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Programming in Dart: Fundamentals
Part 1: Fundamentals Challenge: Play with Logical Operators
— Flutter & Dart

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Challenge: Play with Logical Operators

This video was last updated on Apr 26 2022

Practice using logical operators on your own, through a series of hands-on challenges.


Okay, we’ve done a lot work covering logical operators. It’s time to put your knowledge to the test. In this episode, we have two challenges. We’ll start with the first one. First, I want you to define two variables. One should be called a constant myAge and set it to you age. The other should be a final called message that you’ll print out to the console.

Now if the myAge is greater or equal than thirteen or less then equal than eighteen, set the message to You are a teenager. Otherwise set the message to Not a teenager. Then print out the message. Pause the video and try it out.

How’d your challenge go? Let’s review it now. First, we’ll start by creating some variables. First, define your age and a message.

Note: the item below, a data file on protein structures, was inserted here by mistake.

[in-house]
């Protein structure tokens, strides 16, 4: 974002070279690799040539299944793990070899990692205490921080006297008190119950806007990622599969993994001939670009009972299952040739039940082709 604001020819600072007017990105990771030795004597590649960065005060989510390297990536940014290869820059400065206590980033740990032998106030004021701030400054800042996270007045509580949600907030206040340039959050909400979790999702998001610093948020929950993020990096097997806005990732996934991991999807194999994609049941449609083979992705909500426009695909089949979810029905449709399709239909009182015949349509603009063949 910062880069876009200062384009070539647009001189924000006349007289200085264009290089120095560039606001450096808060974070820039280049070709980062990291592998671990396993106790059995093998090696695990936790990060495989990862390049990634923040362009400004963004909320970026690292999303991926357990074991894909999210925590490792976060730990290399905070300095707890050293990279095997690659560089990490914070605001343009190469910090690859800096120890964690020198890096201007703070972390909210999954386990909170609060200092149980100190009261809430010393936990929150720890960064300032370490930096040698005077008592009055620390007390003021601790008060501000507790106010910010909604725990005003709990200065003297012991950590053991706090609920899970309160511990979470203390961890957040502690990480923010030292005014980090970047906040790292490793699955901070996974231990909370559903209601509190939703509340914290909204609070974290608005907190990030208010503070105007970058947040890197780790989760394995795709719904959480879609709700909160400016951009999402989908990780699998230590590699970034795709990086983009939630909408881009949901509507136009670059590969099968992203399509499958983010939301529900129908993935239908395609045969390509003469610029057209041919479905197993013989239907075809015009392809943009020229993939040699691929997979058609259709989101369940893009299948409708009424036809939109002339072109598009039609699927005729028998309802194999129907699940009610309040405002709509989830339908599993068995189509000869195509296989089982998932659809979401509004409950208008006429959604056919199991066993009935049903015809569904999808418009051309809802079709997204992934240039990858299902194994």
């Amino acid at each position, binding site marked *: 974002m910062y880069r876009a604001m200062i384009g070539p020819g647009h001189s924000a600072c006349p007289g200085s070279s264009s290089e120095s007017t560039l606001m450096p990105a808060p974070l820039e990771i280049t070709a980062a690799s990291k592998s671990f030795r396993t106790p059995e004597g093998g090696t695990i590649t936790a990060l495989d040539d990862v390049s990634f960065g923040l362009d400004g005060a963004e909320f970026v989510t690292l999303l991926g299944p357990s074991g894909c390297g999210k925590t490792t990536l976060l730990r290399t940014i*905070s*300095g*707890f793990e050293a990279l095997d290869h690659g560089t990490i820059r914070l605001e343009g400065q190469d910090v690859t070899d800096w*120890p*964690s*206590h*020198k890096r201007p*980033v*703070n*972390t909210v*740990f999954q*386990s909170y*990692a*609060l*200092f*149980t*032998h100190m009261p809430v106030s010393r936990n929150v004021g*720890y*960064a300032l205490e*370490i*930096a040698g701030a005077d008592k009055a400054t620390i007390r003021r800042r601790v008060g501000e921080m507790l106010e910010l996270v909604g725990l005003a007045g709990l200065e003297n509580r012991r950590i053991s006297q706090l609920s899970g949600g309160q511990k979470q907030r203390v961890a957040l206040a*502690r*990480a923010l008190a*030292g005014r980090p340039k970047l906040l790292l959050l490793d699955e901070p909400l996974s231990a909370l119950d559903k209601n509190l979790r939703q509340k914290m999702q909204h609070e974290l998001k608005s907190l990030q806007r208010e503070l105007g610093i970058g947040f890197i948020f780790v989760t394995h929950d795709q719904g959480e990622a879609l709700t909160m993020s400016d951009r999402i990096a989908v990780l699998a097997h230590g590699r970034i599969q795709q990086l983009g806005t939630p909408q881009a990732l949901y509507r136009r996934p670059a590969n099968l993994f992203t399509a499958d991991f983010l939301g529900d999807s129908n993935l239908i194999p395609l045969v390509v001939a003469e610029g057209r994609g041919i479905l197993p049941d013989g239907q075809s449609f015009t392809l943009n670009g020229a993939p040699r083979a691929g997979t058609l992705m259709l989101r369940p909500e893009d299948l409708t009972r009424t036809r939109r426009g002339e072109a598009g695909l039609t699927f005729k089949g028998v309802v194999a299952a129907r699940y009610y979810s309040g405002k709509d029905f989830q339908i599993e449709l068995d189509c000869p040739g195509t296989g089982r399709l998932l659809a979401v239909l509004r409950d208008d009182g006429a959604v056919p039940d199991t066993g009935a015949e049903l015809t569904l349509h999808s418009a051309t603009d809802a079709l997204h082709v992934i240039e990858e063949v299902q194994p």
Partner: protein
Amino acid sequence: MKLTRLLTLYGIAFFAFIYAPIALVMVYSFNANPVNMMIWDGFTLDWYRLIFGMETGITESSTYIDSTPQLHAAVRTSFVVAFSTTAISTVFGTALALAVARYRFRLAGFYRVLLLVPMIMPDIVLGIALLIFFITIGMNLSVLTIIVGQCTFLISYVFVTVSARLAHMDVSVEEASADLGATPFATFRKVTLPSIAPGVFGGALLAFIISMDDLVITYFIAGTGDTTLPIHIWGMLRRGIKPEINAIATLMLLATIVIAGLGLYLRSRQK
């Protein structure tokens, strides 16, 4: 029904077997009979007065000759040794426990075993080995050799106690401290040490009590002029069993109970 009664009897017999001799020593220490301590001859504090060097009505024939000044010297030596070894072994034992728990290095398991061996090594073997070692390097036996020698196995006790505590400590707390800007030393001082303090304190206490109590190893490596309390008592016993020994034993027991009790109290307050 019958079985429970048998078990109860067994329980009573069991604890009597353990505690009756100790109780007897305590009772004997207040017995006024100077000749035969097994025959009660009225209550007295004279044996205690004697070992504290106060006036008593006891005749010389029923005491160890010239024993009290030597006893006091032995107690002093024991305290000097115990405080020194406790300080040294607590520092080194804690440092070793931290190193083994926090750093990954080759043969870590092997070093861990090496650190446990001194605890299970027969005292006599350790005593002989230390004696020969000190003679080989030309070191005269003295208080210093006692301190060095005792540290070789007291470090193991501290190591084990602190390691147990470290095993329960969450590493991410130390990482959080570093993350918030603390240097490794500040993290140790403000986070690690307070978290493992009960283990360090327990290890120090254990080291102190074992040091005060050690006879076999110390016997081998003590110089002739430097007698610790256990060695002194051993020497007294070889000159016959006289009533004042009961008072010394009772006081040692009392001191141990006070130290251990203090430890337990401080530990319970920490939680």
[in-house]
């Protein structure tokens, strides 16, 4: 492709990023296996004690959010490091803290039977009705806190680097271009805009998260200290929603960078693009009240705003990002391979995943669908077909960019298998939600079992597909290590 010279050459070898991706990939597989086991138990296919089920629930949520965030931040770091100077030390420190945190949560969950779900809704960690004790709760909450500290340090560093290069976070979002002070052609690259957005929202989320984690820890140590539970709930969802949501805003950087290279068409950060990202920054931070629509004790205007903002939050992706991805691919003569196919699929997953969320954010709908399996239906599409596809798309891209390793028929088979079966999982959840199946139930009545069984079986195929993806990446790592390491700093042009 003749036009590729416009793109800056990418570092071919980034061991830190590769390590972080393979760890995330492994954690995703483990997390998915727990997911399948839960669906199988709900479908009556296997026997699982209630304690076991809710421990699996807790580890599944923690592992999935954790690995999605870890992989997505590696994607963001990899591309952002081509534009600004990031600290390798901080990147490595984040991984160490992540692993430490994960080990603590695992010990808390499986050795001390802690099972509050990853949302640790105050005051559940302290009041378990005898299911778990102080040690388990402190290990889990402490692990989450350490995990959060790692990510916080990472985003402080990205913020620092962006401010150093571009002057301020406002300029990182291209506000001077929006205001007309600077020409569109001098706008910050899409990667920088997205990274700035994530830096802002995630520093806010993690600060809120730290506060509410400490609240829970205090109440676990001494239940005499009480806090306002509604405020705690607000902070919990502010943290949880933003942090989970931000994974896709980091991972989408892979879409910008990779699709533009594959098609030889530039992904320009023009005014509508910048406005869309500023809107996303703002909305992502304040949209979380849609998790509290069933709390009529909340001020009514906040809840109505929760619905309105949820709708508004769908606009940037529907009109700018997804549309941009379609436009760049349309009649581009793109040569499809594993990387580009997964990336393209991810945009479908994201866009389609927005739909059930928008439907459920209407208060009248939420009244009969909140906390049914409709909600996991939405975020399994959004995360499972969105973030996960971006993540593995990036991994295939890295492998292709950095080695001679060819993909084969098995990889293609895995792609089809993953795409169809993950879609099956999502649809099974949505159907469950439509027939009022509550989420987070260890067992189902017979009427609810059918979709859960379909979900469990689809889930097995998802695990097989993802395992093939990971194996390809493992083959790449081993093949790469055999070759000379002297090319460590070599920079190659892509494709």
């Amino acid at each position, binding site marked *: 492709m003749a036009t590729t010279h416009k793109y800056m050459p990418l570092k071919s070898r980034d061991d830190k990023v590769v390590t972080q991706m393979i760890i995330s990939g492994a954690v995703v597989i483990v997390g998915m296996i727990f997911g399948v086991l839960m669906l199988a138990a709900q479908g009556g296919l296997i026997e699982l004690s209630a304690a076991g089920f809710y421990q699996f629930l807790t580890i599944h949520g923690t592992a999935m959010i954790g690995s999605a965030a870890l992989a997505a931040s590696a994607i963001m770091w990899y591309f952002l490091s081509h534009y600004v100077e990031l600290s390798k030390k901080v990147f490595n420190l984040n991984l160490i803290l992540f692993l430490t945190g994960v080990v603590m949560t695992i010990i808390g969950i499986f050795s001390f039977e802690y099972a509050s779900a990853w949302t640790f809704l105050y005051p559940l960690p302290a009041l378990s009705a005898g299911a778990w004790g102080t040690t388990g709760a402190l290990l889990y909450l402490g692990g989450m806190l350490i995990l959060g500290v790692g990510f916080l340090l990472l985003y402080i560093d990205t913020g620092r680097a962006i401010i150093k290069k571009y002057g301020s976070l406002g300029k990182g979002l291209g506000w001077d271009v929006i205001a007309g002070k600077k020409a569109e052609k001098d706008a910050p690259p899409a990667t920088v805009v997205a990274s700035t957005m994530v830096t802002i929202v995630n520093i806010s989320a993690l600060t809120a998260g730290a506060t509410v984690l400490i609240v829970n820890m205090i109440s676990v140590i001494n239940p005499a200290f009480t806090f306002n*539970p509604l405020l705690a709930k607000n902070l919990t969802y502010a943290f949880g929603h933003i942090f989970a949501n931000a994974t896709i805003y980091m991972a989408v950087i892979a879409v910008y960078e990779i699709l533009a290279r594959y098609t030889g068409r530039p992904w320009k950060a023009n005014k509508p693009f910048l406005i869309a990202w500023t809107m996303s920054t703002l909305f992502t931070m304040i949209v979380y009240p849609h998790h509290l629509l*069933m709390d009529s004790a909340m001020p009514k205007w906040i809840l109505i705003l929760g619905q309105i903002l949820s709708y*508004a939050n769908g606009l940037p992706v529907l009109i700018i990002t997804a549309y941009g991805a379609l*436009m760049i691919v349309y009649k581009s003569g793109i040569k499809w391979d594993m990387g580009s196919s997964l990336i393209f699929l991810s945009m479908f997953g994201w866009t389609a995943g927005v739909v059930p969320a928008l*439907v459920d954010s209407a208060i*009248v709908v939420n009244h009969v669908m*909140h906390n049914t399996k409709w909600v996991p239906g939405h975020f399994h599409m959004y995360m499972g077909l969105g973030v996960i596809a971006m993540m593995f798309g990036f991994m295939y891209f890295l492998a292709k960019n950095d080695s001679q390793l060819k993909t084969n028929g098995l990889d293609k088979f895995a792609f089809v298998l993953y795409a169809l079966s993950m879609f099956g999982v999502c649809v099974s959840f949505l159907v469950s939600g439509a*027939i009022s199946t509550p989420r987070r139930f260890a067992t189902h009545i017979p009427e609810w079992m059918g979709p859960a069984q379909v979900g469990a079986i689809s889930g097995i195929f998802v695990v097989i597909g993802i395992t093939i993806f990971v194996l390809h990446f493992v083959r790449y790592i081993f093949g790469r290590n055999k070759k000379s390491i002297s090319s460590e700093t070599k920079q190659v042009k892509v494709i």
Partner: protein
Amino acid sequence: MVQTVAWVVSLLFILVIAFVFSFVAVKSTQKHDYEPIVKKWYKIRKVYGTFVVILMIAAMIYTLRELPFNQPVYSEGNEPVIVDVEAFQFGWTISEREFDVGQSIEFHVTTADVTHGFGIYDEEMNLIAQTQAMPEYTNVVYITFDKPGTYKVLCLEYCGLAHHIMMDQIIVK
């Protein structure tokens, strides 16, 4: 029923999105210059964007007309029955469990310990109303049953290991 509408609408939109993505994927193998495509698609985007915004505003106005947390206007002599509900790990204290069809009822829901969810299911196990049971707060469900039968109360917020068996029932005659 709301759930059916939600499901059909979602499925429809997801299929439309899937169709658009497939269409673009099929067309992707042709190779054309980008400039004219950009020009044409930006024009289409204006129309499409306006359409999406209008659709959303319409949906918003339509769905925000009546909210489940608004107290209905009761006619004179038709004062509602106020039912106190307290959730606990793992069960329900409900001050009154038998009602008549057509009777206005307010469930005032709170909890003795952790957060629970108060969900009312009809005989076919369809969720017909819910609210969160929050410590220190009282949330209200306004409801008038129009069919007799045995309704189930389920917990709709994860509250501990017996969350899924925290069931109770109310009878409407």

const myAge = 47;
String message;

Here we define myAge as well as a message. Remember, if we don’t set a value when we define a variable, we must provide the type, otherwise, Dart will set the type to be a dynamic. Now let’s define our logic.

if (myAge >= 13 && myAge <= 18) {
    message = 'You are a teenager';
} else {
    message = 'You are not a teenager';

We add the expression checking both ages using the and logical operator. Then we set the message. Now let’s print the message.


Now let’s run the dartpad, and you’ll see that I am definitely not a teenager.

Okay, so that was the first challenge. The second challenge is to write this code so that it sets the code using a ternary operator. That is, write it in one line. Pause the video now and give it a shot.

How’d that one go? Let’s do this now. Let’s create a new message.

const anotherMessage =

Next we add our expression.

const anotherMessage = (myAge >= 13 && myAge <= 18)

Now we set the result in the case that the expression turns out to be true.

const anotherMessage = (myAge >= 13 && myAge <= 18) ? 'You are a teenager'

Now let’s add a string for the false condition.

const anotherMessage = (myAge >= 13 && myAge <= 18) ? 'You are a teenager' : 'You are not a teenager';

Now let’s print it out.


And that’s it - if we run, we get the same result, except this time, we’ve written it on one line. Awesome job!